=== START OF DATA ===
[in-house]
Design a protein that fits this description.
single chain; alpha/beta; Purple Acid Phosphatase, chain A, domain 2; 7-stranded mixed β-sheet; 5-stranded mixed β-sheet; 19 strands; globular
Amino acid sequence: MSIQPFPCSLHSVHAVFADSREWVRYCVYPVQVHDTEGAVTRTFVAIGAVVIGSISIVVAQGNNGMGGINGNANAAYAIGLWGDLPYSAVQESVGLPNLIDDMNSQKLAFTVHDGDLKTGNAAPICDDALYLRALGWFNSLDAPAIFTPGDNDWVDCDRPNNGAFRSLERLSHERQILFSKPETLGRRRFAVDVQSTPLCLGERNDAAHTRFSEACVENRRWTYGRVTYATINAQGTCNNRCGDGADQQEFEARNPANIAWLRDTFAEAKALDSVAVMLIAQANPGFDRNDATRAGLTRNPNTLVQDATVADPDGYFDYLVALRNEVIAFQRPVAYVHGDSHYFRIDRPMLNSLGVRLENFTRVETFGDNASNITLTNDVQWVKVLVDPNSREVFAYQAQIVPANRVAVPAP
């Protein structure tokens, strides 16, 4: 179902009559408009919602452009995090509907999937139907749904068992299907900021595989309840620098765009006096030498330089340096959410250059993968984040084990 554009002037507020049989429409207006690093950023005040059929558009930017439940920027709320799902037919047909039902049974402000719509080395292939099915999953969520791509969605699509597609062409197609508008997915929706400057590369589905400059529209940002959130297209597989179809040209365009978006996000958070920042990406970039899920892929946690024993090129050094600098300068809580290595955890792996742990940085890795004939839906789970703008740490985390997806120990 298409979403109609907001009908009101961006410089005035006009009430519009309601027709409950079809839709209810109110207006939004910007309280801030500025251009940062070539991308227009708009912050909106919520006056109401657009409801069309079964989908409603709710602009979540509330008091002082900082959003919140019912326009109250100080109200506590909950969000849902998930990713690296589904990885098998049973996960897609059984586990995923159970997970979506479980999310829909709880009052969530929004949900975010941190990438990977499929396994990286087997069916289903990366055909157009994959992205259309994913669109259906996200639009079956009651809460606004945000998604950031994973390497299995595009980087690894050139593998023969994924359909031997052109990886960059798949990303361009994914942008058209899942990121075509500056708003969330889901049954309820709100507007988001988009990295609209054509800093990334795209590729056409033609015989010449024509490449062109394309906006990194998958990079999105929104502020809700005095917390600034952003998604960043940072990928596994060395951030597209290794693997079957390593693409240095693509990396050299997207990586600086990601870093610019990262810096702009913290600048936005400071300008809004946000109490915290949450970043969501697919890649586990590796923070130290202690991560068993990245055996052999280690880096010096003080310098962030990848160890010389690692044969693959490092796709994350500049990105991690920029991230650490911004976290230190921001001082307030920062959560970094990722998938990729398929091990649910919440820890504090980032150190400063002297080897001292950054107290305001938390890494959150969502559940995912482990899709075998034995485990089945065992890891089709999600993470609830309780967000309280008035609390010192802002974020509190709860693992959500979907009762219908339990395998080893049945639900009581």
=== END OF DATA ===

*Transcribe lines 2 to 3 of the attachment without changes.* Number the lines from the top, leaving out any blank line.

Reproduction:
Design a protein that fits this description.
single chain; alpha/beta; Purple Acid Phosphatase, chain A, domain 2; 7-stranded mixed β-sheet; 5-stranded mixed β-sheet; 19 strands; globular